With the market trading so hot, investors would think that earnings expectations would be on the upswing, right? That would be incorrect.

As the below graph shows, earnings expectations in 2017 have been consistently falling while the stock market has been rising unrelentingly. This can only mean that valuations are expanding from already-high levels. The increased “rubber band” stemming from stretched valuations can only lead to more chaotic selling when the market unwinds.

If corporate America cannot “up” its game, the resulting earnings letdown could be the spark that sets the crash in motion.

DJIA Forecast 2017

Dow Jones Forecast For 2017

The stock market outlook 2017 is quite bearish for some high-profile contrarians, so like-minded investors should take note.

Stealth increases in the bond market could reach critical mass, one of many potential “black swan” events going unnoticed. The huge rally in the 10-year Treasury note—from 1.32% to 2.375% over eight months—had been making consumer financing much more expensive for our credit-dependent society to pay its bills. This is why Marc Faber has warned that higher bond yields may cause the rally to sell. (Source: “Marc Faber Warns Higher Yields May Disrupt Rally Says To Sell,” Mark Faber Blog, February 21, 2017).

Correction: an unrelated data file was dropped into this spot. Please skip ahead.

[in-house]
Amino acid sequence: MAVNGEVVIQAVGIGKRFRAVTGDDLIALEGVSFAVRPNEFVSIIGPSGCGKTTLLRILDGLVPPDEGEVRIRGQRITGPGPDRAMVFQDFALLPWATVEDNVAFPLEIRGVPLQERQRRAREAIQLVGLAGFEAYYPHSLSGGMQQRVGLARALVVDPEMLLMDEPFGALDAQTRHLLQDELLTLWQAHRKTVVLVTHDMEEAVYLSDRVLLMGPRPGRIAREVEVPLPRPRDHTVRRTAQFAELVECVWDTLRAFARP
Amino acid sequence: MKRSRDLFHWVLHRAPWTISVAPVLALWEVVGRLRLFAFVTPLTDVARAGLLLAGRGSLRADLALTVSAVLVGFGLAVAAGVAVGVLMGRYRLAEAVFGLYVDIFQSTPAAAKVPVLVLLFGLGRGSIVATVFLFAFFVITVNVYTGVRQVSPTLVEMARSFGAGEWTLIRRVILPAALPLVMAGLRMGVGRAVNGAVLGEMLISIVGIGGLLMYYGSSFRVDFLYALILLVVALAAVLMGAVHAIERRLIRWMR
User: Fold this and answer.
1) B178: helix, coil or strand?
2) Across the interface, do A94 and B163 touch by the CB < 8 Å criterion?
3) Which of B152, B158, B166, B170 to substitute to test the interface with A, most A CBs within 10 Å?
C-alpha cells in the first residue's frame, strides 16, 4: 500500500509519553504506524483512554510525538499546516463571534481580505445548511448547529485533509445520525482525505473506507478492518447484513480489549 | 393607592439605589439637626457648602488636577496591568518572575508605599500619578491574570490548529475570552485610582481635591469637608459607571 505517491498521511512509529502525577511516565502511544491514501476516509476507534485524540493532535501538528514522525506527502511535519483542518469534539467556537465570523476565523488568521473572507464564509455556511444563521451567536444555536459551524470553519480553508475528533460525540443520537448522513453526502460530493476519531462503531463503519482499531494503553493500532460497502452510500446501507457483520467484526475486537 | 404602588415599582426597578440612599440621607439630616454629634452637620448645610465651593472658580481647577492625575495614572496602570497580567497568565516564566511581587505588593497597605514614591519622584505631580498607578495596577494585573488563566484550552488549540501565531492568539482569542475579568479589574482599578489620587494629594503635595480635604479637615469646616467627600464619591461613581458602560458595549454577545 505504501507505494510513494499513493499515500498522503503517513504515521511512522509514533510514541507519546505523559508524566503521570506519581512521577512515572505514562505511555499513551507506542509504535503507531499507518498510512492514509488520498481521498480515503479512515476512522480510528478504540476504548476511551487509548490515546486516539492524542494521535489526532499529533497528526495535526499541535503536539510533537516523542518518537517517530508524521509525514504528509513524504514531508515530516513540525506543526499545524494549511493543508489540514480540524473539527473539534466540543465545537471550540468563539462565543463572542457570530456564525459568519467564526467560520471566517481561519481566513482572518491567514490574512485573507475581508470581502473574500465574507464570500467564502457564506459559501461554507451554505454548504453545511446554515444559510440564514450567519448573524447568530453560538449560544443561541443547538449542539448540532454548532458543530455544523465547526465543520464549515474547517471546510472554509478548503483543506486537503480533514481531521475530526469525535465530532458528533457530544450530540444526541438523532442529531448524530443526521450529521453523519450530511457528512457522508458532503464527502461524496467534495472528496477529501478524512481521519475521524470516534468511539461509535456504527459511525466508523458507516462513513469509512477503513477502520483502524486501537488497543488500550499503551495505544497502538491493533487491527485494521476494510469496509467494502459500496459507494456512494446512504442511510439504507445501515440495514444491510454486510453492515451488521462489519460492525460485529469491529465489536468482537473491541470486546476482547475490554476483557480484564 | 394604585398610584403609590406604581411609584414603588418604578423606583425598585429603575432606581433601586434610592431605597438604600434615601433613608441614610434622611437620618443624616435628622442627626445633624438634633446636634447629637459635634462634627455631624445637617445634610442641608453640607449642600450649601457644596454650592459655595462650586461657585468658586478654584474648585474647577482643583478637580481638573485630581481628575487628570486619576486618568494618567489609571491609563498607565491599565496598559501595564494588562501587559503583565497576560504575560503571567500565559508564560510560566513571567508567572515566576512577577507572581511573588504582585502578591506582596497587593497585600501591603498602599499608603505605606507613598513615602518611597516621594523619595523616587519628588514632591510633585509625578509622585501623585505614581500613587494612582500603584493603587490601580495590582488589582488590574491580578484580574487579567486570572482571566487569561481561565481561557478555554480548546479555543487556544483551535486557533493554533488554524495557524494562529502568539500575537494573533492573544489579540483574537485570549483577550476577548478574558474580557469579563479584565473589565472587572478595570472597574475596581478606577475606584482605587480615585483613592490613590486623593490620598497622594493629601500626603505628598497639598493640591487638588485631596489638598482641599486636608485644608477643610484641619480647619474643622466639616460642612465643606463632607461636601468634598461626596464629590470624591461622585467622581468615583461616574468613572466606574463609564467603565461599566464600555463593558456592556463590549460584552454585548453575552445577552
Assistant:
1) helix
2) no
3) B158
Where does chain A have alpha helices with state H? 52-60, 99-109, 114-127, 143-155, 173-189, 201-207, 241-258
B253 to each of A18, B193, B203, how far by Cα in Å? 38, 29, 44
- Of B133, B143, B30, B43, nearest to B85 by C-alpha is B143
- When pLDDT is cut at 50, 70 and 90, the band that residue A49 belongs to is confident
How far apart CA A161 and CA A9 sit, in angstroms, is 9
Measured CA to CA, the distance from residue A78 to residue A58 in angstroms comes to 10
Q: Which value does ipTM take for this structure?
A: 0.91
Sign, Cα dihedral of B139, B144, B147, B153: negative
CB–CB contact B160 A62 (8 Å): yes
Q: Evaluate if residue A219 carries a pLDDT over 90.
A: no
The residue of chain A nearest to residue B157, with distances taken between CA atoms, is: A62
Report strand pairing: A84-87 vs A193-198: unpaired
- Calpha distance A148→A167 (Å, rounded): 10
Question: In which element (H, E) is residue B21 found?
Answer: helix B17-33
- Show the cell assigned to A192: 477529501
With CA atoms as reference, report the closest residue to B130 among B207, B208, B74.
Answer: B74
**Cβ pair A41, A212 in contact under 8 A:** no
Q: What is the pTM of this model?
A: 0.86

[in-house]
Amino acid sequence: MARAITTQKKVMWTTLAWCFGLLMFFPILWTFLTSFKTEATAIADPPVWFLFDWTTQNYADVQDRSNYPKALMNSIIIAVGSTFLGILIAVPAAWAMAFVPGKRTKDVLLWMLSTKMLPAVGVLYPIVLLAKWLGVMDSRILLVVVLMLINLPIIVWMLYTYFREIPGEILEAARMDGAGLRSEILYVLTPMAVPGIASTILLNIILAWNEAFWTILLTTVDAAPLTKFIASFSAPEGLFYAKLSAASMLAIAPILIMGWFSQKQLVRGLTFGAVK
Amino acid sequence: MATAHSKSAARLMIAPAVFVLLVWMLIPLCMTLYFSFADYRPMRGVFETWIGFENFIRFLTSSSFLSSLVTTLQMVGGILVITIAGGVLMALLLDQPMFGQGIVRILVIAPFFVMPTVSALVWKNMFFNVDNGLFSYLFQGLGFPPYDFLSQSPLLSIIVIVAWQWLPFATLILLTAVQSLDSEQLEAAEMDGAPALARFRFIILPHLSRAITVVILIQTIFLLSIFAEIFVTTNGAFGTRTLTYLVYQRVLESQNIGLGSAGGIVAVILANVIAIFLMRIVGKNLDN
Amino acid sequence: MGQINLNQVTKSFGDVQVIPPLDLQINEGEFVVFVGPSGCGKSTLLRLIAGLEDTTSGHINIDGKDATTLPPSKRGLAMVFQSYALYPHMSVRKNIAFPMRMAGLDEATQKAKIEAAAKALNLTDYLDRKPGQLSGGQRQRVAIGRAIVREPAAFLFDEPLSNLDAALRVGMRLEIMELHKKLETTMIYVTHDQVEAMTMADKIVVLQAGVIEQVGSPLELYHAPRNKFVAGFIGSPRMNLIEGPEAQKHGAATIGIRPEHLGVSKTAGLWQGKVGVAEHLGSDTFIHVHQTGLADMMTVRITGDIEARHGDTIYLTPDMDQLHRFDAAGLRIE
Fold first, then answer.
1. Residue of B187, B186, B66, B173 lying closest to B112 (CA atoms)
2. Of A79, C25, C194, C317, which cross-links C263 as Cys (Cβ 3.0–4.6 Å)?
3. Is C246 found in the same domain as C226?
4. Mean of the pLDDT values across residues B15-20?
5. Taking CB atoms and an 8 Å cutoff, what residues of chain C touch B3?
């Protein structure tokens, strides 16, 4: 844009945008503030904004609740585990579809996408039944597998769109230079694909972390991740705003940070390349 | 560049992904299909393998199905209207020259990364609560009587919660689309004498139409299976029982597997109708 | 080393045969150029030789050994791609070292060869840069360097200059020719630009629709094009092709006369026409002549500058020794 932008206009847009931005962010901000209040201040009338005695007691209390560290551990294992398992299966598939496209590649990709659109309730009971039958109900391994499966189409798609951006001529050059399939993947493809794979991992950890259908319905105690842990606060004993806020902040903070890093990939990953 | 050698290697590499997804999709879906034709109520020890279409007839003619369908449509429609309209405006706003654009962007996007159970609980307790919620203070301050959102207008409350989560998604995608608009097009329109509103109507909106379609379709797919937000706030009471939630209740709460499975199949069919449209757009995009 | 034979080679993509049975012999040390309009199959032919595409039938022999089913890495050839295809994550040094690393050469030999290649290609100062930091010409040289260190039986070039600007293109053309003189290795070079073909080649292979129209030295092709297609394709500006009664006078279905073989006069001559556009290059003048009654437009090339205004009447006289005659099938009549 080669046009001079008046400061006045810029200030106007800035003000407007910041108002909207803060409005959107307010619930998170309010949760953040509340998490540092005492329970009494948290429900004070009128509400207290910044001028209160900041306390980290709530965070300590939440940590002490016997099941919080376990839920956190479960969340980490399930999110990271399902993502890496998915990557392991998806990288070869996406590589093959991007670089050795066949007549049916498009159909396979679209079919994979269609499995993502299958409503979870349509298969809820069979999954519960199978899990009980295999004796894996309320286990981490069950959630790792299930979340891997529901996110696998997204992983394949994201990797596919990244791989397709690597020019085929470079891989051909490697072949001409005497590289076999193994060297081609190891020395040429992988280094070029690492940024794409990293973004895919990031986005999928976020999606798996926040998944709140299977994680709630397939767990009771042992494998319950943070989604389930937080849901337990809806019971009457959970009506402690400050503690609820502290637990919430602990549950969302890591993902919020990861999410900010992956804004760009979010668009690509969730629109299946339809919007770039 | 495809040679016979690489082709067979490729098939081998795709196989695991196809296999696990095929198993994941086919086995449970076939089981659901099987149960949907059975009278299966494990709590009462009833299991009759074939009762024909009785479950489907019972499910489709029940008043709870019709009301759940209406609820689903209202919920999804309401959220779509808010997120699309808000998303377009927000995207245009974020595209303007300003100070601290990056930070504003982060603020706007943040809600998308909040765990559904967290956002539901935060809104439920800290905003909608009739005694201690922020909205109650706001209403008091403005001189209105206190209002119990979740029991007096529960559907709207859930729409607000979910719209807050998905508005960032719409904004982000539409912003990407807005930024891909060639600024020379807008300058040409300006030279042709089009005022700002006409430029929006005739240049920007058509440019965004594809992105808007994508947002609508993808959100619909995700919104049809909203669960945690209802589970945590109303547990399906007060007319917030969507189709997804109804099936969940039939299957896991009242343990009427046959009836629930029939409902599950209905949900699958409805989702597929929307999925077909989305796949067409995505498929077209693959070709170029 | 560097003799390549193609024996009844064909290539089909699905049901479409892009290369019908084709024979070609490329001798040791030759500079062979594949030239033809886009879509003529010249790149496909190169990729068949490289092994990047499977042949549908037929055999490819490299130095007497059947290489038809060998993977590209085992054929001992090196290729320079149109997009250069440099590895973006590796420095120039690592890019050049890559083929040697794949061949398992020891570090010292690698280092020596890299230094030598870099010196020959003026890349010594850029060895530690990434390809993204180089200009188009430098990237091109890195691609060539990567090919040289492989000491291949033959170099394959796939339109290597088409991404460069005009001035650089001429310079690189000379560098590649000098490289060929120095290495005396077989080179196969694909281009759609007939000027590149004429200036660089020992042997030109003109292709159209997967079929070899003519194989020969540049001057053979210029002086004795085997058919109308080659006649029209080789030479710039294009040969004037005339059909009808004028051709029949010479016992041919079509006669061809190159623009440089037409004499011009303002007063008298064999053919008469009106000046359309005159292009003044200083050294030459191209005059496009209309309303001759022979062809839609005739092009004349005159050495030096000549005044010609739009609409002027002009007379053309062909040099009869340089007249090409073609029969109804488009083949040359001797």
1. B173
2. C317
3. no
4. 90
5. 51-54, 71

“Bond King” Bill Gross has also warned that reachable bond market yields could potentially cause a spike in rates. The bond market is perhaps the ultimate bubble, having been in a continuous rally for over three decades. When it breaks and interest rates soar, the stock market and corporate earnings are vulnerable to steep declines. “If 2.6 percent is broken on the upside…a secular bear bond market has begun,” said Gross. “Watch the 2.6 percent level. Much more important than Dow 20,000.” (Source: “Bill Gross: 2.6% 10-year yield is the key to everything this year,” CNBC, January 10, 2017).

Likewise, famed Quantum Fund co-founder Jim Rogers expects historically bad economic conditions in the near future. “Get prepared because we’re going to have the worst economic problems we’ve had in your lifetime or my lifetime and when that happens a lot of people are going to disappear,” he said. (Source: “Jim Rogers: “We’re About To Have the Worst Economic Problems Of A Lifetime, A Lot Of People Will Disappear,” Zero Hedge, February 12, 2017.)

Where is the stock market headed? There’s still plenty of time for different scenarios to play out. But our stock market forecast for 2017 gets more contrarian with every passing week of irrational exuberance in the market.

Historically low volatility, extreme valuations, exceptional trade and geopolitical risks do not generally portend bullish outcomes. Perhaps at the tail-end of a bear market when everyone is fearful, but eight years into the business cycle with the DJIA up 200% from the housing crisis bear-market lows? Not so much.

Be cautious, my friends.